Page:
Busch was slated to run a double-stint from 2-4 a.m. and then again from 7-9 a.m.
Wayne Taylor Racing, Taylor Brothers Move On at Daytona
For much of their adult lives, second-generation racers Ricky and Jordan Taylor have competed together and raced for family. Their father, Wayne Taylor, fields a perennial championship favorite team in the WeatherTech Championship Daytona Prototype international (DPi) class and is a two-time Rolex 24 winner as a driver and a two-time winner as a team owner.
And for the last decade at least one of his talented sons has driven his famed No. 10 prototype winning races and championships.
Taylor’s older son Ricky, 30, left the family business in 2017 after receiving a wonderful opportunity from Acura Team Penske to drive its prototypes. Jordan, 28, who spent the last seven seasons driving his father’s prototype, has moved to the Corvette Racing factory team this season to drive the famed No. 3 Corvette C8.R in the GT Le Mans (GTLM) class.
The brothers assured with warm smiles, all was okay with dad and his team.
“Obviously, it was hard both times one of us left the team,’’ Ricky Taylor said. “Everyone thinks when we leave, my dad’s going to lose his motivation and just want to support us and it’s the end of Wayne Taylor Racing.
“But he’s motivated,’’ Taylor said of his father. “He’s got [Scott] Dixon, [Ryan] Briscoe, [Kamui] Kobayashi and Renger [Van der Zande] this week and he’s like all of us, he’s a fan. He watches us closely and wants the best for us. It’s nice he has the quality team – drivers, engineers that he has because he’s still very motivated to win.’’
The Taylor family has done plenty of winning together. Ricky and Jordan won 12 races together for their father’s team from 2014-17, including the 2017 Rolex 24 and that year’s prototype-class championship.
Before Saturday’s Rolex 24 green flag flew, the two brothers met up on the grid to wish one another good luck then sought out their father down pit lane to wish him a good race as well.
“It was a hard decision to leave Wayne Taylor Racing - obviously I was there for seven years and we won a lot of races and championships together, so you’re leaving a program that’s successful and it was my family and I was comfortable there,’’ Jordan Taylor said. “My family is close, so it’s tough to make the split.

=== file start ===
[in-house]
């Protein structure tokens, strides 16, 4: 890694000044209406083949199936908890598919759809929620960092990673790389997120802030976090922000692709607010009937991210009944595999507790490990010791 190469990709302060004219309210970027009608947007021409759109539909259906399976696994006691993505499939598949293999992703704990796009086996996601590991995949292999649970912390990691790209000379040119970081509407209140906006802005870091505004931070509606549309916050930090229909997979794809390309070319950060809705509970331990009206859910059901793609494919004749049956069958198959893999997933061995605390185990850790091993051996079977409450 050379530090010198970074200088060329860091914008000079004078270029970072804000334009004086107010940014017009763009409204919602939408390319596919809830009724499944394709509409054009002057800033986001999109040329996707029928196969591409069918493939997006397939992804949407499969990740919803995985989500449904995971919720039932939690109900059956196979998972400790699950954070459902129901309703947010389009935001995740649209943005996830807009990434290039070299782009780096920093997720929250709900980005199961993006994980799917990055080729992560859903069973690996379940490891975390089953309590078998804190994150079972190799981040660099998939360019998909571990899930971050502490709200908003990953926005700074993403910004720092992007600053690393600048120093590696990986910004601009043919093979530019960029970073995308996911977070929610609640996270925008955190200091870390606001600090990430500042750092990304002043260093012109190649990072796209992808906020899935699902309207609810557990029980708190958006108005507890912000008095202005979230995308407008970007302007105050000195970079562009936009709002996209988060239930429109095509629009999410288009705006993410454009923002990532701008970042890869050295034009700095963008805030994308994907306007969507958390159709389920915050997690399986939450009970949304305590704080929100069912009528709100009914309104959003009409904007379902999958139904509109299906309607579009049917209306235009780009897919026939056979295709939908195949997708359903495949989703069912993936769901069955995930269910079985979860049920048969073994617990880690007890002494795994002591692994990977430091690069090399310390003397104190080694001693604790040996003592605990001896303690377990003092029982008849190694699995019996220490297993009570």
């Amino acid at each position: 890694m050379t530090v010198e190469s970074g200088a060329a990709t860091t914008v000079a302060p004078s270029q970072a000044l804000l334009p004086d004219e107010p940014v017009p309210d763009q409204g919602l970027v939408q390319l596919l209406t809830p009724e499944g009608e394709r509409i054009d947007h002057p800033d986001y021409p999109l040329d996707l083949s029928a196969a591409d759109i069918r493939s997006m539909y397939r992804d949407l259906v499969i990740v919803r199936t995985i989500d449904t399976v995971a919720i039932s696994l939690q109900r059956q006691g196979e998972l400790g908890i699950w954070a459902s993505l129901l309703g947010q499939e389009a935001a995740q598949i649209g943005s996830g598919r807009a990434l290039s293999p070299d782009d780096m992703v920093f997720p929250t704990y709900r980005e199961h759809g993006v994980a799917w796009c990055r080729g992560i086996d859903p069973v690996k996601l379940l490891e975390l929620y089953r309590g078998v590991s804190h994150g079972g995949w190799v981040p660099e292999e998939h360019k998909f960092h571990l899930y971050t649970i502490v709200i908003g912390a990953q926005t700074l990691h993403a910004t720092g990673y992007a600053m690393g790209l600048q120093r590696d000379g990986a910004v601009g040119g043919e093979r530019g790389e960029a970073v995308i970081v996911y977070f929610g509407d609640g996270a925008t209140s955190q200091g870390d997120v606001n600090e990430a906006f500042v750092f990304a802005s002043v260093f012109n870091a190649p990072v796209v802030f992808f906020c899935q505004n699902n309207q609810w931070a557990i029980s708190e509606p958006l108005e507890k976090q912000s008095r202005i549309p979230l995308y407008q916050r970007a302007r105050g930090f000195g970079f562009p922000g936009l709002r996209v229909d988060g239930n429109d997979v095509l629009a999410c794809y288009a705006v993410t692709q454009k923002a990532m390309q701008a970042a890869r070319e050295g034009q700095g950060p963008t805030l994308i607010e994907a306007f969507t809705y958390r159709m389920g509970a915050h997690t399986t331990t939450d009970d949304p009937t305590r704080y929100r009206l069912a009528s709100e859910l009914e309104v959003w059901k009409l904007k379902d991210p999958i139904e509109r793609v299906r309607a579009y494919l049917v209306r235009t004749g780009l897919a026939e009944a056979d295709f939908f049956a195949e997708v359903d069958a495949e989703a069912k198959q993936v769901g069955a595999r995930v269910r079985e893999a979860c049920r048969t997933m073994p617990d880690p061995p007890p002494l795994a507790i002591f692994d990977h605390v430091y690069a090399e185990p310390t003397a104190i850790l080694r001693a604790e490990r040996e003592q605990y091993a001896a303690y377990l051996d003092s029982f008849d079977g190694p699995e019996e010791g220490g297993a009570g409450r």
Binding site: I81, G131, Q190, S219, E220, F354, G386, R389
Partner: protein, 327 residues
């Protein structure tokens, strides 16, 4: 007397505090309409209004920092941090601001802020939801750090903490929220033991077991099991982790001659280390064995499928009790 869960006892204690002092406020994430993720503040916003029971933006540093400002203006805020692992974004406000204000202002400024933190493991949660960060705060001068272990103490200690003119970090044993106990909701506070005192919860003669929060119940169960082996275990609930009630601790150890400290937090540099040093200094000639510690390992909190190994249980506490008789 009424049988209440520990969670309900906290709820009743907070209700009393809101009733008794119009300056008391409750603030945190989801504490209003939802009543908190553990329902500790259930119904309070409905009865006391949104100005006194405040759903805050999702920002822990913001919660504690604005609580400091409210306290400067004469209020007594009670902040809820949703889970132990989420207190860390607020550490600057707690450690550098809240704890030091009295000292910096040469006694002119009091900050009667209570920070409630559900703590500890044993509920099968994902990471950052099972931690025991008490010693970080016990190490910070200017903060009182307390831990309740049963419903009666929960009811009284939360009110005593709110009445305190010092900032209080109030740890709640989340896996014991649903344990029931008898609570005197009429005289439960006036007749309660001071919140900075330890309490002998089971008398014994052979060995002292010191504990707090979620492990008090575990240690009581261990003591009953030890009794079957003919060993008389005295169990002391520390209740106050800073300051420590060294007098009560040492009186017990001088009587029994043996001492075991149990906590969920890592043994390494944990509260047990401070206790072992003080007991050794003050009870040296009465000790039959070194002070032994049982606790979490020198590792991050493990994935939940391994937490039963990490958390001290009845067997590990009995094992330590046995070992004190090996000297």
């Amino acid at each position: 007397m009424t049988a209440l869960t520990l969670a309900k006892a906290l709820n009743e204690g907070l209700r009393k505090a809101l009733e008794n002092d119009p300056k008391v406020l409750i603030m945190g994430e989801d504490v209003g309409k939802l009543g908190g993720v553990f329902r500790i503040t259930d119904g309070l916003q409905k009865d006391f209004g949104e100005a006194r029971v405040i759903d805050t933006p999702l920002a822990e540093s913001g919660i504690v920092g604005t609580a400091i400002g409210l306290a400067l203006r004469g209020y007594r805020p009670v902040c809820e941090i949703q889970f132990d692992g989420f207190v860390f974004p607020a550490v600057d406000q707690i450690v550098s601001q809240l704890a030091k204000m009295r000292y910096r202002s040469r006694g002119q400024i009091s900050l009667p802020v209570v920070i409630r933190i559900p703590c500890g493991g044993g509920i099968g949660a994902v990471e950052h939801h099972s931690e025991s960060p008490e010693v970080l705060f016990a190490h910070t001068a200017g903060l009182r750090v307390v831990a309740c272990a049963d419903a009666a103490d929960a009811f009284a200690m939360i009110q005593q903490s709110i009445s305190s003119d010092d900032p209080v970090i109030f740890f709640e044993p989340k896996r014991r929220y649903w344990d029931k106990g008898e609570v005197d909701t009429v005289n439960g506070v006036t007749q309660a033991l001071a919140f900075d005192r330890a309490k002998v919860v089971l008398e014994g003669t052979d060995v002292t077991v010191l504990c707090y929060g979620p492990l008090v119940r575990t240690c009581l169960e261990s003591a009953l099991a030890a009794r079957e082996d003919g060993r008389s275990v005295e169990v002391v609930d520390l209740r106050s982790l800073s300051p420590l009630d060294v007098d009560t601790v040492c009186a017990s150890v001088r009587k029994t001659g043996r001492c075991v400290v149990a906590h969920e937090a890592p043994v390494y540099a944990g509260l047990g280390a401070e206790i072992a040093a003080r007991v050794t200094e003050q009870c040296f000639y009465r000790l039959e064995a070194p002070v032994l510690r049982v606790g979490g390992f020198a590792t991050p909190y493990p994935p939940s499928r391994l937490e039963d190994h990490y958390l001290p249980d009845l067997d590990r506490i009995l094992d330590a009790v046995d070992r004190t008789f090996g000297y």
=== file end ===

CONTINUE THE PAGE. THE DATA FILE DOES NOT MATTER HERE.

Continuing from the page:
“At the same time, Ricky had gone to Penske, which is a huge opportunity you can’t turn down. And when I was offered to go to Corvette, that’s an opportunity you can’t really turn down either.
“So my dad can be proud of the fact he basically groomed us as drivers through this team and we were hired away by great teams and manufacturers. He’s proud of it. Obviously, we’re all a little sad we’re not together anymore. But I think it’s a good thing we’re being hired as professionals, and dad doesn’t have to look after us.
“It’s all been good so far.’’
Strong NASCAR Presence at IMSA Opener
Four-time NASCAR Cup Series champion Jeff Gordon was pit side checking in with the Wayne Taylor Racing team, with whom he won the 2017 Rolex 24 race. Former NASCAR Cup driver and Xfinity Series champion Brian Vickers was on pit road catching up with friends as was driver David Ragan, who said this was the first Rolex 24 he ever attended and that he would be open to competing in a future race.
Reigning NASCAR Cup Series champion Kyle Busch is entered in the GTD Class No. 14 AIM Vasser Sullivan Acura and former Cup driver A.J. Allmendinger, who is driving the No. 57 Acura NSX for Michael Shank Racing.
NASCAR on NBC’s Dale Earnhardt Jr. and Steve Letarte manned the NBC broadcast.
“I’ll drive with Junior and maybe we could get Jimmie Johnson or Tony Stewart,’’ Gordon told Earnhardt and Letarte on the NBC Sports broadcast, joking about coming back to the Rolex 24 and running the race again with a NASCAR lineup.
“My number one goal when I was here, whether it was testing, whether back at shop doing pit practice or here in the race, don’t be the weak link,’’ Gordon said of his experience a couple seasons ago.
“Unfortunately, first time I got in the car, I was the weak link.
“I had to restart the car and we were leading under caution. I went into Turn 2 in the horseshoe and hit a guy and I hadn’t even been in the car five minutes. Luckily, I made up for that and the rest of my race went really well and I wasn’t the weak link.’”
Hour 12 Standings